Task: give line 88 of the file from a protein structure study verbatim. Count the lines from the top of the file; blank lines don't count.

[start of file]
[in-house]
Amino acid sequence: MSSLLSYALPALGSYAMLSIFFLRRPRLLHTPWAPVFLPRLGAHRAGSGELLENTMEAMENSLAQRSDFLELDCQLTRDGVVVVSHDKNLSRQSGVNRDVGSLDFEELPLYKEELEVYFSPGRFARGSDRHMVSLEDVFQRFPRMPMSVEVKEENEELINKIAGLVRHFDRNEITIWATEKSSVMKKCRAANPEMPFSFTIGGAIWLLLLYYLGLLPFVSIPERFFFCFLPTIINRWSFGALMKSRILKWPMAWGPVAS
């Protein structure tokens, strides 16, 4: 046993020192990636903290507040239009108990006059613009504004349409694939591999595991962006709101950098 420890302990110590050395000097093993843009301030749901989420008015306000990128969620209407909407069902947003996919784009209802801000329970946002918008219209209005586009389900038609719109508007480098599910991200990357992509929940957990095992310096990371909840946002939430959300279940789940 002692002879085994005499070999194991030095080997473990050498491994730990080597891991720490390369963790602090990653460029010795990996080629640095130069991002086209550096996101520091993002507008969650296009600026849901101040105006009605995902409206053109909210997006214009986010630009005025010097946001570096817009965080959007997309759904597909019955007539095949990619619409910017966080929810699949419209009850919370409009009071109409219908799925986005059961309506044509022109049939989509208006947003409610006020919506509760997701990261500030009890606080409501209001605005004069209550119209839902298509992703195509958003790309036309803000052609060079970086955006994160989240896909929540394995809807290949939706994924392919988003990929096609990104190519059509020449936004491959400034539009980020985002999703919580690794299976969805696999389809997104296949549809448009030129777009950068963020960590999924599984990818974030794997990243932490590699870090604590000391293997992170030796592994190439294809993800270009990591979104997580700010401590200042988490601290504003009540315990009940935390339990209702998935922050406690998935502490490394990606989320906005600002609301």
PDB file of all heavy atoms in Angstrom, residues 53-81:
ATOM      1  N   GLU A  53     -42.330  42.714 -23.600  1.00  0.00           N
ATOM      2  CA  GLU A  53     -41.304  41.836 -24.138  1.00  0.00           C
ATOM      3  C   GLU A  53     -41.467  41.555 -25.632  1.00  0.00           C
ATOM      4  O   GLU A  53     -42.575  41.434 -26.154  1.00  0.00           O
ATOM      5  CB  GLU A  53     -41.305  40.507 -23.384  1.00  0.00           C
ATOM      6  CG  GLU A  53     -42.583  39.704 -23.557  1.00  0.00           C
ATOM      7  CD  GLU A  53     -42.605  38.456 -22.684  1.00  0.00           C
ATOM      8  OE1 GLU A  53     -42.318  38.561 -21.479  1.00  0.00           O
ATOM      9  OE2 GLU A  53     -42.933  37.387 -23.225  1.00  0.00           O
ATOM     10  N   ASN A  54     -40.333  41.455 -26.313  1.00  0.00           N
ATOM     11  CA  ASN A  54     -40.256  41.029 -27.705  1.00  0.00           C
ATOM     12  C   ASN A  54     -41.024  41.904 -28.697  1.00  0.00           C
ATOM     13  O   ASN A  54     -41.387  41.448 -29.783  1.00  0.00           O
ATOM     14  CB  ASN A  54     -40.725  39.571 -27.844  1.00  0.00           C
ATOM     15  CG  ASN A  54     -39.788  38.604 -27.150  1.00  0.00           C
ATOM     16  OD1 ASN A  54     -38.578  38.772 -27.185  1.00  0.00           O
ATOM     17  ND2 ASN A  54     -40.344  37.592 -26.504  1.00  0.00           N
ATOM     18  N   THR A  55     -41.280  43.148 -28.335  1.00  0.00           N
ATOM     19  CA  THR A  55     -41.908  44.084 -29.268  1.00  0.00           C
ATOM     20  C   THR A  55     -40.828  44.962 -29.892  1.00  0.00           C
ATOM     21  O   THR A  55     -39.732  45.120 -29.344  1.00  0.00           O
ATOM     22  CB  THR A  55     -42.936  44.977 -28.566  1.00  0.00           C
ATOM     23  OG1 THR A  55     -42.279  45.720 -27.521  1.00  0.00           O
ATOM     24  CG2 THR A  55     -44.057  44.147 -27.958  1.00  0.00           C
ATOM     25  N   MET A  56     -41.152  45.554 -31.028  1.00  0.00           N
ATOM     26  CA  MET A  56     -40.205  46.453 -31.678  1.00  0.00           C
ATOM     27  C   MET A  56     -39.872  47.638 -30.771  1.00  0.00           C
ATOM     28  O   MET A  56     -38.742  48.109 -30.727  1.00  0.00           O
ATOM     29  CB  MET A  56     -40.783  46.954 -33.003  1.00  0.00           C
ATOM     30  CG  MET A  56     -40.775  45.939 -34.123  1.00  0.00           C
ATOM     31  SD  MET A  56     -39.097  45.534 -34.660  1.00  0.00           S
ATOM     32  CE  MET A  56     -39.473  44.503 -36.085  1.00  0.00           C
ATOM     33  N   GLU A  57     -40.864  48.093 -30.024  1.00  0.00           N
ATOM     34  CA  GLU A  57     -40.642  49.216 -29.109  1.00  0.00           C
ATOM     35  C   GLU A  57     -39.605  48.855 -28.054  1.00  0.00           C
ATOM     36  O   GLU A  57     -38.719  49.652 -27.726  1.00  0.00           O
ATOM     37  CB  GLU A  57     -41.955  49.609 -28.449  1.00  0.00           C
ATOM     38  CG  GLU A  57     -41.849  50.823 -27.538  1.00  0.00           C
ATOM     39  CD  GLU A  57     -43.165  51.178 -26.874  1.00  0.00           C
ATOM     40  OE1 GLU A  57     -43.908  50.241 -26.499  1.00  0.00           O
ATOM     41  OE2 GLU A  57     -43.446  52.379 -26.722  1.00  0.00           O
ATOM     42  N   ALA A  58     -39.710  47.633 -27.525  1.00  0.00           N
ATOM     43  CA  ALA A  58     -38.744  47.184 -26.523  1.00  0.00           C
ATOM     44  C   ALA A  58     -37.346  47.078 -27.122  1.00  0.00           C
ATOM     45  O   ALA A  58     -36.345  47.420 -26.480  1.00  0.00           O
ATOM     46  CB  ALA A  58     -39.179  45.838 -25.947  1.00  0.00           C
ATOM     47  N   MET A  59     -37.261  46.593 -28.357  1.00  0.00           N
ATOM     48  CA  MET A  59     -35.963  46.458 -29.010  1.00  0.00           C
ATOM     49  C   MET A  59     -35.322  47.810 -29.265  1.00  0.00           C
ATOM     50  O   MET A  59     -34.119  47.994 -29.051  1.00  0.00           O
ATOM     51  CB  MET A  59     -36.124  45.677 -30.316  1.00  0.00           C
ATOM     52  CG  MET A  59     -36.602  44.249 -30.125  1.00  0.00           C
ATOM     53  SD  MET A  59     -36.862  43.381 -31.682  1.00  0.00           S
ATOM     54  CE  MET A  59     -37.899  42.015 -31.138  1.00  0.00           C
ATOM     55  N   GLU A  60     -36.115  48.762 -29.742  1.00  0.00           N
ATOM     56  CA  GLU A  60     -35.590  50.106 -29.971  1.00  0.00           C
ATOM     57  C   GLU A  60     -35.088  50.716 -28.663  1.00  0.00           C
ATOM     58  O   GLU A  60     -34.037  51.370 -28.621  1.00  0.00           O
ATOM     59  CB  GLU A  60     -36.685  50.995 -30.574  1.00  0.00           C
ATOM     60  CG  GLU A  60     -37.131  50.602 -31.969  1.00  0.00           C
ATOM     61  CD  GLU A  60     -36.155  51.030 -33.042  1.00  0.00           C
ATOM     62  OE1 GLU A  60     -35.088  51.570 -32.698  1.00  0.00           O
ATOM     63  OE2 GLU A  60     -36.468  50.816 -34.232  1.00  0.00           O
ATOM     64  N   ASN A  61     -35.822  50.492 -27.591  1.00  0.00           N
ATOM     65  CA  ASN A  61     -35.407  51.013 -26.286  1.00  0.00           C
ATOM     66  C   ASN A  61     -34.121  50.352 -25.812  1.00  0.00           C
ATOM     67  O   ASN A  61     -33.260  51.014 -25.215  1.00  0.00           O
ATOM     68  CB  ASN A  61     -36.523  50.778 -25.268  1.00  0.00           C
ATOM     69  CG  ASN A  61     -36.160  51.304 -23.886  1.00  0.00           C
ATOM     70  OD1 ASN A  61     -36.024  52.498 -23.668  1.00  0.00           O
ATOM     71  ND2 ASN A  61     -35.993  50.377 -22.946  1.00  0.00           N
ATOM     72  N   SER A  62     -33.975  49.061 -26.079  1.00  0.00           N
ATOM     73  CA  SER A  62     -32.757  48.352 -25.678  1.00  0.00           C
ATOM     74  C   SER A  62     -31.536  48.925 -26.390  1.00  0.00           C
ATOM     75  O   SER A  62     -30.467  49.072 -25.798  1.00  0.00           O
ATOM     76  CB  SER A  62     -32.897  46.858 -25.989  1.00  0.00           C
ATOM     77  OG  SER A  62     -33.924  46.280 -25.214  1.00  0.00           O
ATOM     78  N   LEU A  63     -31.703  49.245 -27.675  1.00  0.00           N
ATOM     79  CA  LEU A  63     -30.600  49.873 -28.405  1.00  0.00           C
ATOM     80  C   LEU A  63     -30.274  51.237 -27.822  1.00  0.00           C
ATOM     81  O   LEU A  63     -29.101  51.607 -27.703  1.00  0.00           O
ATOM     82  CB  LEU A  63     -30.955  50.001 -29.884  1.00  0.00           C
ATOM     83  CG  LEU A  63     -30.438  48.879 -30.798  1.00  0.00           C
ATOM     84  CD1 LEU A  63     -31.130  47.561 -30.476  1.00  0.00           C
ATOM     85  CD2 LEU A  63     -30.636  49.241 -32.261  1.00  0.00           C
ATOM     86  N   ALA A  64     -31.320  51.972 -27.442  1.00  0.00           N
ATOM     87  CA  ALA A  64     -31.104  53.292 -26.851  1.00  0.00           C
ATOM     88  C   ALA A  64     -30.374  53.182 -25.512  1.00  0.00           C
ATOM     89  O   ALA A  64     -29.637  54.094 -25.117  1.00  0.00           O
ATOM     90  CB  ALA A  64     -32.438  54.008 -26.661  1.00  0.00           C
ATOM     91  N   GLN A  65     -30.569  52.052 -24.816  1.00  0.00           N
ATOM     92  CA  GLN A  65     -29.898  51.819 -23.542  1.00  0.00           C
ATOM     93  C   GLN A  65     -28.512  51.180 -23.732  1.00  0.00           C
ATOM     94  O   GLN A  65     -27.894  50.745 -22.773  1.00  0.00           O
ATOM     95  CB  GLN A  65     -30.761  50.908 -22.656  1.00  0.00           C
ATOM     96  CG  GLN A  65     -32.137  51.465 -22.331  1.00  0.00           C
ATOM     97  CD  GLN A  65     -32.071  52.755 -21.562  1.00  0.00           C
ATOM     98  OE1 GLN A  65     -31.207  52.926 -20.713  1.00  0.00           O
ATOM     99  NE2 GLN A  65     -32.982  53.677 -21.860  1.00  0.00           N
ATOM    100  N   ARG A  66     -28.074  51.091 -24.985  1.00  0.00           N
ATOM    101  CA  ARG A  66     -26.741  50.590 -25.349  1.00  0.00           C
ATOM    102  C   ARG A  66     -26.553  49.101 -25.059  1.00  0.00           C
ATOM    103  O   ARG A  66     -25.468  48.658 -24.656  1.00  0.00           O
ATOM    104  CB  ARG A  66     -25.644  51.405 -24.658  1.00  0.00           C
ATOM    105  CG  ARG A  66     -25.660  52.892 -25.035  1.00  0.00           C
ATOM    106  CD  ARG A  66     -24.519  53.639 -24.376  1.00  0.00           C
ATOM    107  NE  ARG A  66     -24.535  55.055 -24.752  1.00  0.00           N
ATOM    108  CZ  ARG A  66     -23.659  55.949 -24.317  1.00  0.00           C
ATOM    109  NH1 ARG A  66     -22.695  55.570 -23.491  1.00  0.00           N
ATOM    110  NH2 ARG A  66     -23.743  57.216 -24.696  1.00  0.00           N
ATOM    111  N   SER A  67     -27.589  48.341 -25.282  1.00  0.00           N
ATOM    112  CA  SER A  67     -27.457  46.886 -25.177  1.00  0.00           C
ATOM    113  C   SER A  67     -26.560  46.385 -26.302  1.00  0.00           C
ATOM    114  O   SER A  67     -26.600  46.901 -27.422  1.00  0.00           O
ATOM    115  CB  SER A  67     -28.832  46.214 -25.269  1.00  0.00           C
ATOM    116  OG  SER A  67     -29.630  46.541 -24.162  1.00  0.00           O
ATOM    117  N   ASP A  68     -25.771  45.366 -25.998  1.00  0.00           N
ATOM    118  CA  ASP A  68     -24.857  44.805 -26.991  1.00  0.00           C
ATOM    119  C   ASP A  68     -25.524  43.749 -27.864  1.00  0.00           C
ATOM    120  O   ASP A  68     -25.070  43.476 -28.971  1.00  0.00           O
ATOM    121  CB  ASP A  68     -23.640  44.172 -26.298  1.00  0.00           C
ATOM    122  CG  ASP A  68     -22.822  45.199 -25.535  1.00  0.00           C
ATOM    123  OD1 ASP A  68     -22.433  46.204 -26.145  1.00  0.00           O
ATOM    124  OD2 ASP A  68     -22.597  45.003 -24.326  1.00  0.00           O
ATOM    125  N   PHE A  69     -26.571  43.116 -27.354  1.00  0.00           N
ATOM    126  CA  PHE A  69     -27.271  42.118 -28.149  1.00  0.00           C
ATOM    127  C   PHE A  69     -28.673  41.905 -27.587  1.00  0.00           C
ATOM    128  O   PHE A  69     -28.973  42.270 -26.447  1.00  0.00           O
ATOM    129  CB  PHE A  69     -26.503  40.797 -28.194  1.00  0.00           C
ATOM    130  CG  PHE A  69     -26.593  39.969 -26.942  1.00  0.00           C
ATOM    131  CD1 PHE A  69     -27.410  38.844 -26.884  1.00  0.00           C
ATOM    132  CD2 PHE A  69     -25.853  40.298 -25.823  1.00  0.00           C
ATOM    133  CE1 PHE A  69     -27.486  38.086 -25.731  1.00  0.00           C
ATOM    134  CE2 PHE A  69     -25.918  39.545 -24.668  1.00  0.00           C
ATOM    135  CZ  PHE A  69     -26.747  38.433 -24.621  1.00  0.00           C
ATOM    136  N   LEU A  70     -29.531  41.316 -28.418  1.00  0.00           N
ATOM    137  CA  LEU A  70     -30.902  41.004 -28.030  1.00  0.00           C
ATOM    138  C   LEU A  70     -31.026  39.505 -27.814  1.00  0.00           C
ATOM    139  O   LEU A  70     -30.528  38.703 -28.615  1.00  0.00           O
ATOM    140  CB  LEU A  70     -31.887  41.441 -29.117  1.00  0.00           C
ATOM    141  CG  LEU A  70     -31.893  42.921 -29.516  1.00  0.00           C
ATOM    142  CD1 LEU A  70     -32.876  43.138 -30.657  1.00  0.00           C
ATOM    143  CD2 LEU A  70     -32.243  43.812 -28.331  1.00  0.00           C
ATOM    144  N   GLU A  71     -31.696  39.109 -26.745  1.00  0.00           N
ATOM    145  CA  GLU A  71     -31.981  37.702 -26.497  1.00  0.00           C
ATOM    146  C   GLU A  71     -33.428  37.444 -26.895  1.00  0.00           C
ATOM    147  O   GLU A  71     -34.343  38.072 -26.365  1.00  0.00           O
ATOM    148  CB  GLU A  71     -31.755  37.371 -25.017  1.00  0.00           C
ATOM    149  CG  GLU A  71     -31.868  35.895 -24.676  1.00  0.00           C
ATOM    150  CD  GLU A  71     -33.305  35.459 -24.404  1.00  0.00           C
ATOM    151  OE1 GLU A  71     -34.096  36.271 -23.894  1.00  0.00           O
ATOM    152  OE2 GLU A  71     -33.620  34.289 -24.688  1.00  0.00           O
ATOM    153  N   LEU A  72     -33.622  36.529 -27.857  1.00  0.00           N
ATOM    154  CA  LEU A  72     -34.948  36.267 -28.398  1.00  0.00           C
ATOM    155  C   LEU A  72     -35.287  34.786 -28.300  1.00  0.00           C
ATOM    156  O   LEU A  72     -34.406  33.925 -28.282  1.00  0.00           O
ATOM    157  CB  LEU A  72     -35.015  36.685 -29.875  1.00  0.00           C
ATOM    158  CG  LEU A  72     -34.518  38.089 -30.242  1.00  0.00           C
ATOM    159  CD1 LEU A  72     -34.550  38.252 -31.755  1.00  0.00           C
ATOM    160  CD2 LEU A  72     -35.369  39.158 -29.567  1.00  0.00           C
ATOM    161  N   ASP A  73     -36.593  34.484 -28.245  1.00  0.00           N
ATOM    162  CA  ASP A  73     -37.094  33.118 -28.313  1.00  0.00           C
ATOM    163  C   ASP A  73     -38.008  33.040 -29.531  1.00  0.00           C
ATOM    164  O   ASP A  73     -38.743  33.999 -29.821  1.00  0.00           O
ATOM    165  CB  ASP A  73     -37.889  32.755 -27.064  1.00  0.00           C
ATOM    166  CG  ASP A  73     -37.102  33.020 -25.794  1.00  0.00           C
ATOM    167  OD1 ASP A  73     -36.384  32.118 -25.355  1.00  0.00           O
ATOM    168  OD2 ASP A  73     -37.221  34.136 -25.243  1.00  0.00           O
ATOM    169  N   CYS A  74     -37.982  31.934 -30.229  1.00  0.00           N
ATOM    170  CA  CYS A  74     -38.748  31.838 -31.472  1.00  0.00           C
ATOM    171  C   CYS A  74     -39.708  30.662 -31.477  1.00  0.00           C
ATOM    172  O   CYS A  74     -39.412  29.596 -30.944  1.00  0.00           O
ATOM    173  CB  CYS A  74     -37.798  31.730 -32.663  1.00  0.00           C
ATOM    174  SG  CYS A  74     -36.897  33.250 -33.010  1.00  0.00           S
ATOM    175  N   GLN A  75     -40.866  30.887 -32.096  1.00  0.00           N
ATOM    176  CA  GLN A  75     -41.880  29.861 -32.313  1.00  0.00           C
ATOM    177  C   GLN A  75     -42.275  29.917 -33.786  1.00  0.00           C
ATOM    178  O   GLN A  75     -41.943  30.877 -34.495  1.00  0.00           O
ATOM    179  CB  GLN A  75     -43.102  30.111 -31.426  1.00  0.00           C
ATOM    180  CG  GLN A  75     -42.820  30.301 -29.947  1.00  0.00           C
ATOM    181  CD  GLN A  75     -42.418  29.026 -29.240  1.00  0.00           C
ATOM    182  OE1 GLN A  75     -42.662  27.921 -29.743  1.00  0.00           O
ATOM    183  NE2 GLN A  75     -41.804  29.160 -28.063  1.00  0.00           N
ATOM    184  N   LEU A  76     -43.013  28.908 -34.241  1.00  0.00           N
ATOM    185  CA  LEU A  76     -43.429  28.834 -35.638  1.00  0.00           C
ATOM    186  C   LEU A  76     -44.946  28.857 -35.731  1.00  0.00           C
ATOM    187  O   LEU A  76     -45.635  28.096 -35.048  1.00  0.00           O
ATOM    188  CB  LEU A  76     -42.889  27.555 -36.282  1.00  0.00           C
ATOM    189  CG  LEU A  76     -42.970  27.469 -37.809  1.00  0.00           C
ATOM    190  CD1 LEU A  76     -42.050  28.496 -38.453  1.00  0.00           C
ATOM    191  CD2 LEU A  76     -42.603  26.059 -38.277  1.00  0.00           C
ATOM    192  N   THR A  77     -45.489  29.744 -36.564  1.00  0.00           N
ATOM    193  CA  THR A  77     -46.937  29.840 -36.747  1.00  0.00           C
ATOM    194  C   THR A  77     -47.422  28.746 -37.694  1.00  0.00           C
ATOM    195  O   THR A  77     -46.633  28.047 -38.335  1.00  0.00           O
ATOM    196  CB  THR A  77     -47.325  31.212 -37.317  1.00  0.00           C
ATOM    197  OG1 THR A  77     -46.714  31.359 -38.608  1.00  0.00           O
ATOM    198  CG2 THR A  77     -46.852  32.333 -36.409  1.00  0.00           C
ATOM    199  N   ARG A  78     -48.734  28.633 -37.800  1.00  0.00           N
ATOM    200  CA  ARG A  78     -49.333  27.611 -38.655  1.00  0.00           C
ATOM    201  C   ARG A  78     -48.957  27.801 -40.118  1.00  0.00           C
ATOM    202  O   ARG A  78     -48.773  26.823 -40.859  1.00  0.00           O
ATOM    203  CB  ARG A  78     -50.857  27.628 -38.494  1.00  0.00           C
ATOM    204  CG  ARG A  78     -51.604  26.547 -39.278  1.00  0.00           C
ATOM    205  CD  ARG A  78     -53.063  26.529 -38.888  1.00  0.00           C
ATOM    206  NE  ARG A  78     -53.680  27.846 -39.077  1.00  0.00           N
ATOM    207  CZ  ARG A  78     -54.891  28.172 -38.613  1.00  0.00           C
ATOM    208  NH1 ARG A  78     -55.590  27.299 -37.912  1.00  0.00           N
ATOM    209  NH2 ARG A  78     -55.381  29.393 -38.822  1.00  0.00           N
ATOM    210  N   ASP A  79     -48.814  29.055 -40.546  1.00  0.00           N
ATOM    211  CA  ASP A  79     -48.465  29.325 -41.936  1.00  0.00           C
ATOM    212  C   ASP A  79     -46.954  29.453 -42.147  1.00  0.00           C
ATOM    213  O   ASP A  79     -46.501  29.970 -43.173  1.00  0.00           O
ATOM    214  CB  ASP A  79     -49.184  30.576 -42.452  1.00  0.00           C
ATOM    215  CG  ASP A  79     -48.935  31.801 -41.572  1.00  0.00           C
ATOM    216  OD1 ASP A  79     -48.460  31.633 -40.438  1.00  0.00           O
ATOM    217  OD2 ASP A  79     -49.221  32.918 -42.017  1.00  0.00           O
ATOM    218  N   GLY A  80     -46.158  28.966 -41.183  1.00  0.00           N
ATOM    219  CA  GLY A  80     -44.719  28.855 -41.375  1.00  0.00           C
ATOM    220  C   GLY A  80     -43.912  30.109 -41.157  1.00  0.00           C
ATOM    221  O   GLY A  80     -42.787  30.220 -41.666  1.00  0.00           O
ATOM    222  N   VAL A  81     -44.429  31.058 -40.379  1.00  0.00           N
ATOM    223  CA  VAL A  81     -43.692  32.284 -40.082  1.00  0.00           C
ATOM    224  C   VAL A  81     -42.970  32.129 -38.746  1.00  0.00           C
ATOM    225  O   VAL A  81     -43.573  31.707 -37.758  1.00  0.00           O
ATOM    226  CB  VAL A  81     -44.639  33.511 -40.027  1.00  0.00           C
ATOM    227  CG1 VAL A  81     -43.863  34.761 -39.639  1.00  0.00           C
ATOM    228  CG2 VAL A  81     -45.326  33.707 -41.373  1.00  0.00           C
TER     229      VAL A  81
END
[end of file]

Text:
ATOM     84  CD1 LEU A  63     -31.130  47.561 -30.476  1.00  0.00           C